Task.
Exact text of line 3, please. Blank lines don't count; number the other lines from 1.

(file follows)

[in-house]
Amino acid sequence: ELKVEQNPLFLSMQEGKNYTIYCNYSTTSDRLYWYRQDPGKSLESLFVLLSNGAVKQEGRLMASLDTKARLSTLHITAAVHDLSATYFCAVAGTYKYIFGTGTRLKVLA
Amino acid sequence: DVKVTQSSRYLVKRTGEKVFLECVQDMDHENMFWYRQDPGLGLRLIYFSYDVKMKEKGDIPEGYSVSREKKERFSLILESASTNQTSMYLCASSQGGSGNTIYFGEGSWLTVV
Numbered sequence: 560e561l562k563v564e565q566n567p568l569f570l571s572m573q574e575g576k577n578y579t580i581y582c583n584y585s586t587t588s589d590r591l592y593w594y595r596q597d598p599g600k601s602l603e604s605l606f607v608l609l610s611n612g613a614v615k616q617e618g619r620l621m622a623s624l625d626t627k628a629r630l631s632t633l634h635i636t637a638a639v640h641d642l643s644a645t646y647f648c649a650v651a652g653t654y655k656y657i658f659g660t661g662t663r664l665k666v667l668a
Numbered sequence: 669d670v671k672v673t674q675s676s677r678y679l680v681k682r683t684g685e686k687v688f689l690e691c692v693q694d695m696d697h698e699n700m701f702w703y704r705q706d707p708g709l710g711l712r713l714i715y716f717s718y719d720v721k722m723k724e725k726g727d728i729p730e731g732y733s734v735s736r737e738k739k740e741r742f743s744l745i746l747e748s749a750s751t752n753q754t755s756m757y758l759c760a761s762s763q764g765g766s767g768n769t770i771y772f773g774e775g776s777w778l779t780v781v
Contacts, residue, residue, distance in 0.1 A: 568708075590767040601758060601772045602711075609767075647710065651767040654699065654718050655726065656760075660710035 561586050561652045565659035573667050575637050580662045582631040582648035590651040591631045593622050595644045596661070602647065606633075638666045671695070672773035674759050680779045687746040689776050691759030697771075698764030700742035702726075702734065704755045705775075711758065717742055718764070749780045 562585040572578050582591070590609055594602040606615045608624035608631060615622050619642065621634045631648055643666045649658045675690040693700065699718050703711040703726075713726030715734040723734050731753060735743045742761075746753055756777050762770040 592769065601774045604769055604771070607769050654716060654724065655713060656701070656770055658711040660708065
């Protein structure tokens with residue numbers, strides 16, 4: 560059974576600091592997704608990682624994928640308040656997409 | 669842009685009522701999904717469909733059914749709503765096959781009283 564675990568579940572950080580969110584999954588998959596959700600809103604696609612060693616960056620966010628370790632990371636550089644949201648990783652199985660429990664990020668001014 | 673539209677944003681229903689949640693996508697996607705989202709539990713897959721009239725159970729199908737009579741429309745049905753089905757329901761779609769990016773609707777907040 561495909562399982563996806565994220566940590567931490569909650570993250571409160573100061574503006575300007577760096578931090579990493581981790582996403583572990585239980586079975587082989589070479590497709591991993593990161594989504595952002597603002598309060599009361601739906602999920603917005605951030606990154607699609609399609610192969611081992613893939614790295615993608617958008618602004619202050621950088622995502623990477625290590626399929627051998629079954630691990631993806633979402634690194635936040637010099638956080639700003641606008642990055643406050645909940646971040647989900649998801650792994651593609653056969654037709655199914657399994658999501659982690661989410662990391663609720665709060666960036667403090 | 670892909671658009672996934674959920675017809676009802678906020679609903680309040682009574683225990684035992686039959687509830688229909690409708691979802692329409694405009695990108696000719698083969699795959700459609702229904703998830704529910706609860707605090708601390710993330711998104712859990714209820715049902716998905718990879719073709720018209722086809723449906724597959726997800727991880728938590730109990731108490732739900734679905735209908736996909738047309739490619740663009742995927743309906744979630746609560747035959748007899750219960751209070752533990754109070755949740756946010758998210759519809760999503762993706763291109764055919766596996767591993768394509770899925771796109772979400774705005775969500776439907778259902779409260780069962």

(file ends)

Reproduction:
Amino acid sequence: DVKVTQSSRYLVKRTGEKVFLECVQDMDHENMFWYRQDPGLGLRLIYFSYDVKMKEKGDIPEGYSVSREKKERFSLILESASTNQTSMYLCASSQGGSGNTIYFGEGSWLTVV